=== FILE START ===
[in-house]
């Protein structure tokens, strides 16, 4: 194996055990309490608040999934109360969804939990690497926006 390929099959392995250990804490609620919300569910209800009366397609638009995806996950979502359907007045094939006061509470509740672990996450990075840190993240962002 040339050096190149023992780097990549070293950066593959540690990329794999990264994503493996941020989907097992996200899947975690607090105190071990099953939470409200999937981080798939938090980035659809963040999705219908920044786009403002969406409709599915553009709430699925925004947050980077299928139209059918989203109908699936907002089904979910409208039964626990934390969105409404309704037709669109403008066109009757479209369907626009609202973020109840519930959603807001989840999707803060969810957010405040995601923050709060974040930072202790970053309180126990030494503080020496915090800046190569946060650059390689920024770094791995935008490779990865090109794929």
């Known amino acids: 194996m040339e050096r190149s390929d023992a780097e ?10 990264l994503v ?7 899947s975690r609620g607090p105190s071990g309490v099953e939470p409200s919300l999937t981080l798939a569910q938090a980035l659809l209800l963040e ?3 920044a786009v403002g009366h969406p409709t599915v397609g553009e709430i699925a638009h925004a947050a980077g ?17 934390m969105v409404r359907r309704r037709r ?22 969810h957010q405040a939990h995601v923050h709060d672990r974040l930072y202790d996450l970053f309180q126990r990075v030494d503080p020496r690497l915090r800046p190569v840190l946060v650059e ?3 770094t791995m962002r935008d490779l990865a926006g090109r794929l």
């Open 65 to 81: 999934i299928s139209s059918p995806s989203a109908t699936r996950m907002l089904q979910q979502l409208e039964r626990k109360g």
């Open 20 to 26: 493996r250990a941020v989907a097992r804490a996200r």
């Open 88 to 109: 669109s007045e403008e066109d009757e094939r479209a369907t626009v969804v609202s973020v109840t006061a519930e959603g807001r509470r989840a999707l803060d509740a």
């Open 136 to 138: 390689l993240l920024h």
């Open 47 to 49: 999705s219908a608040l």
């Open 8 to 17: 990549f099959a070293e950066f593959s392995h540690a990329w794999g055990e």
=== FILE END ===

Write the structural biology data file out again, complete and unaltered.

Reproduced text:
[in-house]
């Protein structure tokens, strides 16, 4: 194996055990309490608040999934109360969804939990690497926006 390929099959392995250990804490609620919300569910209800009366397609638009995806996950979502359907007045094939006061509470509740672990996450990075840190993240962002 040339050096190149023992780097990549070293950066593959540690990329794999990264994503493996941020989907097992996200899947975690607090105190071990099953939470409200999937981080798939938090980035659809963040999705219908920044786009403002969406409709599915553009709430699925925004947050980077299928139209059918989203109908699936907002089904979910409208039964626990934390969105409404309704037709669109403008066109009757479209369907626009609202973020109840519930959603807001989840999707803060969810957010405040995601923050709060974040930072202790970053309180126990030494503080020496915090800046190569946060650059390689920024770094791995935008490779990865090109794929």
């Known amino acids: 194996m040339e050096r190149s390929d023992a780097e ?10 990264l994503v ?7 899947s975690r609620g607090p105190s071990g309490v099953e939470p409200s919300l999937t981080l798939a569910q938090a980035l659809l209800l963040e ?3 920044a786009v403002g009366h969406p409709t599915v397609g553009e709430i699925a638009h925004a947050a980077g ?17 934390m969105v409404r359907r309704r037709r ?22 969810h957010q405040a939990h995601v923050h709060d672990r974040l930072y202790d996450l970053f309180q126990r990075v030494d503080p020496r690497l915090r800046p190569v840190l946060v650059e ?3 770094t791995m962002r935008d490779l990865a926006g090109r794929l």
């Open 65 to 81: 999934i299928s139209s059918p995806s989203a109908t699936r996950m907002l089904q979910q979502l409208e039964r626990k109360g």
């Open 20 to 26: 493996r250990a941020v989907a097992r804490a996200r």
């Open 88 to 109: 669109s007045e403008e066109d009757e094939r479209a369907t626009v969804v609202s973020v109840t006061a519930e959603g807001r509470r989840a999707l803060d509740a």
């Open 136 to 138: 390689l993240l920024h």
């Open 47 to 49: 999705s219908a608040l």
């Open 8 to 17: 990549f099959a070293e950066f593959s392995h540690a990329w794999g055990e």